Being Asperger does make “communication” more involved, because we actually wish to communicate about “real things” and often have something to say. Computers make that possible for me – considering my type of hyposocial brain, I could never accomplish any “reach out and talk to someone activity” without the Internet, nor accomplish the basic mechanics of writing without word processing. My handwriting is abominable; I think visually and non-linearly, and could not “translate” my thinking into words without the ease of copy-pasting text fragments into somewhat “conventional order” or without the speed of instant editing and rewriting.
It’s probably obvious that I went “old school” with my choice of “device” – I hate talking on the phone to start with.
It’s not only that these are research scams that waste funding and devalue science; human beings are harmed as a result from this abuse of statistics. Asperger and neurodiverse types are being “defined” as “defective” human beings: there is no scientific basis for this “socially-motivated” construct. The current Autism-ASD-Asperger Industry is a FOR PROFIT INDUSTRY that exploits individuals, their families, schools, communities, tax-payers and funding for research. It also serves to enforce “the social order” dictated by elites.
The p-value is an all-purpose measure that scientists often use to determine whether or not an experimental result is “statistically significant.” Unfortunately, sometimes the test does not work as advertised, and researchers imbue an observation with great significance when in fact it might be a worthless fluke.
Say you’ve performed a scientific experiment testing a new heart attack drug against a placebo. At the end of the trial, you compare the two groups. Lo and behold, the patients who took the drug had fewer heart attacks than those who took the placebo. Success! The drug works!
Well, maybe not. There is a 50 percent chance that even if the drug is completely ineffective, patients taking it will do better than those taking the placebo. (After all, one group has to do better than the other; it’s a toss-up whether the drug group or placebo group will come up on top.)
The p-value puts a number on the effects of randomness. It is the probability of seeing a positive experimental outcome even if your hypothesis is wrong. A long-standing convention in many scientific fields is that any result with a p-value below 0.05 is deemed statistically significant. An arbitrary convention, it is often the wrong one. When you make a comparison of an ineffective drug to a placebo, you will typically get a statistically significant result one time out of 20. And if you make 20 such comparisons in a scientific paper, on average, you will get one significant result with a p-value less than 0.05—even when the drug does not work.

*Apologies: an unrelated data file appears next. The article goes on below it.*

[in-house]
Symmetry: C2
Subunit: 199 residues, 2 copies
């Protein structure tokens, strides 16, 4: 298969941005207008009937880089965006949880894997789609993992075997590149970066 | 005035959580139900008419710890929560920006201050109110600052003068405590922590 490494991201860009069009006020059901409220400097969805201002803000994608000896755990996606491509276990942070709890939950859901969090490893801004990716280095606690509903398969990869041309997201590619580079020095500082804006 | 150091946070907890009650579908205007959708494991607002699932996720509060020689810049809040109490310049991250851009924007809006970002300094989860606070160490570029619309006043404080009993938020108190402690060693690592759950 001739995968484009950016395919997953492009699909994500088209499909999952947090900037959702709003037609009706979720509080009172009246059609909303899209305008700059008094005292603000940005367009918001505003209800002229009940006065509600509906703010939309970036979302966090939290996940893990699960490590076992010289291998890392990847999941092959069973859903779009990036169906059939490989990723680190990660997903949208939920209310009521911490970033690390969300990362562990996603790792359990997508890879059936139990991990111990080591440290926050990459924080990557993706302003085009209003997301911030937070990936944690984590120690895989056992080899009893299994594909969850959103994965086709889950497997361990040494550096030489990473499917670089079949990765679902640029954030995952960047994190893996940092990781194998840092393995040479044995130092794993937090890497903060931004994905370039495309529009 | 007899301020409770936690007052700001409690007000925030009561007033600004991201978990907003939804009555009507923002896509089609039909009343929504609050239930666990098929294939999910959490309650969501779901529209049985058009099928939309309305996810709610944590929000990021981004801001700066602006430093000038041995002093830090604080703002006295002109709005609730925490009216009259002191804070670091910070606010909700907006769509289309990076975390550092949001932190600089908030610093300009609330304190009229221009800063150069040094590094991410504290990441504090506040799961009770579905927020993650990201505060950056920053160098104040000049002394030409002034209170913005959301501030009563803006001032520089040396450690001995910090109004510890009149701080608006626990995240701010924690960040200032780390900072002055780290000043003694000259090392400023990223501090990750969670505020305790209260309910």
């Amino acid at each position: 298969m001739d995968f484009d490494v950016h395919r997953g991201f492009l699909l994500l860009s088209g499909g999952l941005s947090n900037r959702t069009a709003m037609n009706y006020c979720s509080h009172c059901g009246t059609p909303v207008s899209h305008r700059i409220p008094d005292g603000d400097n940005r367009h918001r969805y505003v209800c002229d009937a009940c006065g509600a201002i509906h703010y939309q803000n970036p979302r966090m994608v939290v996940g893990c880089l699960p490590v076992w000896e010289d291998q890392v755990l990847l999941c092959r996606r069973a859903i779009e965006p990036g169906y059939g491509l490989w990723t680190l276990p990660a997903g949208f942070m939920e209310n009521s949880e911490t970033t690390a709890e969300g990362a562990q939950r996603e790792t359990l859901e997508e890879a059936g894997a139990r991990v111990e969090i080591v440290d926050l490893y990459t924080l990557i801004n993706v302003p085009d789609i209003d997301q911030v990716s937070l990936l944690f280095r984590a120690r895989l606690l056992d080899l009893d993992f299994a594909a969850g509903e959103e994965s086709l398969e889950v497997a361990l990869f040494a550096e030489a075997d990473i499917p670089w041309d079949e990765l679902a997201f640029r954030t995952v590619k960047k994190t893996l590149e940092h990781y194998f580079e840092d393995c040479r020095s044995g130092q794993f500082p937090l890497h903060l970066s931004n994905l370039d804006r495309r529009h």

Many scientific papers make 20 or 40 or even hundreds of comparisons. In such cases, researchers who do not adjust the standard p-value threshold of 0.05 are virtually guaranteed to find statistical significance in results that are meaningless statistical flukes. A study that ran in the February issue of the American Journal of Clinical Nutrition tested dozens of compounds and concluded that those found in blueberries lower the risk of high blood pressure, with a p-value of 0.03. But the researchers looked at so many compounds and made so many comparisons (more than 50), that it was almost a sure thing that some of the p-values in the paper would be less than 0.05 just by chance.
The same applies to a well-publicized study that a team of neuroscientists once conducted on a salmon. When they presented the fish with pictures of people expressing emotions, regions of the salmon’s brain lit up. The result was statistically significant with a p-value of less than 0.001; however, as the researchers argued, there are so many possible patterns that a statistically significant result was virtually guaranteed, so the result was totally worthless. p-value notwithstanding, there was no way that the fish could have reacted to human emotions. The salmon in the fMRI happened to be dead.
I am a science writer and a former Registered Massage Therapist with a decade of experience treating tough pain cases. I was the Assistant Editor of ScienceBasedMedicine.org for several years.